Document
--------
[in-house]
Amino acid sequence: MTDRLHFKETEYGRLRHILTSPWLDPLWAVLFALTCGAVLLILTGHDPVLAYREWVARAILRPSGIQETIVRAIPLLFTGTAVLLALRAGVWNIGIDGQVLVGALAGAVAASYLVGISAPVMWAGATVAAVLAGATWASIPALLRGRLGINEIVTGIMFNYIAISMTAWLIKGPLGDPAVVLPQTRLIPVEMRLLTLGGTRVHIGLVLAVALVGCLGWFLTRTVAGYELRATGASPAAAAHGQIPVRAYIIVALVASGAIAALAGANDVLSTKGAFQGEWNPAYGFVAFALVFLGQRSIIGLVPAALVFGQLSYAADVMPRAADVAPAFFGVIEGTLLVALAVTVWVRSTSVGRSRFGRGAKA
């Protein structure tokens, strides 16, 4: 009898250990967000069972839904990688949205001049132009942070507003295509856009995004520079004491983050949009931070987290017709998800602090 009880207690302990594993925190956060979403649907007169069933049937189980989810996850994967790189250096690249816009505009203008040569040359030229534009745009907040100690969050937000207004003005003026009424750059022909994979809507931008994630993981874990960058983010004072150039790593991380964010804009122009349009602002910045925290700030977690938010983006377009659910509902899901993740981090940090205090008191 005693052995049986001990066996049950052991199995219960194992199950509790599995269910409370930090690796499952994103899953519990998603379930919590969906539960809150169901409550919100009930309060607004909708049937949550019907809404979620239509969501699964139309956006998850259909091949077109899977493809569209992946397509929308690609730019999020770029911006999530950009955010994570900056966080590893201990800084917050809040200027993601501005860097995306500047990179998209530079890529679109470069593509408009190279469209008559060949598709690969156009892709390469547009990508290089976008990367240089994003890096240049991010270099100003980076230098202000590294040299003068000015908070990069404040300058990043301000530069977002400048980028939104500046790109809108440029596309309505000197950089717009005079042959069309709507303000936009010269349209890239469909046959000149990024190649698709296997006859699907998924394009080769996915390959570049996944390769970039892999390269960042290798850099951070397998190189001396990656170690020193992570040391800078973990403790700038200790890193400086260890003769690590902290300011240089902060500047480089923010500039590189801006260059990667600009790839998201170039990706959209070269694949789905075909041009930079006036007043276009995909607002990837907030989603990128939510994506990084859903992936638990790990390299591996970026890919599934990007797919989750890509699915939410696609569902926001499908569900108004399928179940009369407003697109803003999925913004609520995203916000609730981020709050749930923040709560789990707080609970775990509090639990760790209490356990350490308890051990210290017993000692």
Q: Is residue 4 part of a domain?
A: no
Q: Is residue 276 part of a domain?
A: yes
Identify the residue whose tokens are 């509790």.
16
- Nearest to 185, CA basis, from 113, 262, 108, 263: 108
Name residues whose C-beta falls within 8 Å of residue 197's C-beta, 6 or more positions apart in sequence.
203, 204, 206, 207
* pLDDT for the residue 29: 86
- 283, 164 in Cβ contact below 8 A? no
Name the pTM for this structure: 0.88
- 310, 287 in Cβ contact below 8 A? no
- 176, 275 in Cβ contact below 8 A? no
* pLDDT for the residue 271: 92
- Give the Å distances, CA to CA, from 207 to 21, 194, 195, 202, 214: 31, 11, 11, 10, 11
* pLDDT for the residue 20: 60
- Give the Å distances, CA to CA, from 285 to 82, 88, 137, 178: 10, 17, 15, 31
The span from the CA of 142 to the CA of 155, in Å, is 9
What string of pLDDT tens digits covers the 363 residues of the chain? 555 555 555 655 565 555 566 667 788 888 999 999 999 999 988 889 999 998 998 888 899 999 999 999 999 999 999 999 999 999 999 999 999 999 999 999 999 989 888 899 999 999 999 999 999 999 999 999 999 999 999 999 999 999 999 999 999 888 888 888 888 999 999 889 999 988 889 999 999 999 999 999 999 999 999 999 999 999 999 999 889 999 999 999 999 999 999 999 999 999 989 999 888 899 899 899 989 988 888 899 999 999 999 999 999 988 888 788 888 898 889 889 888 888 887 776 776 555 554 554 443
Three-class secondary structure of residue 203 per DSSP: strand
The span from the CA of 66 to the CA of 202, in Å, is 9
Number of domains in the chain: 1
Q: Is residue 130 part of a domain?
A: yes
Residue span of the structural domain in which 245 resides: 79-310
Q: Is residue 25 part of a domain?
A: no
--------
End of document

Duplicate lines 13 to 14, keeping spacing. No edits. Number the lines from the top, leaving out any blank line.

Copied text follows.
* pLDDT for the residue 29: 86
- 283, 164 in Cβ contact below 8 A? no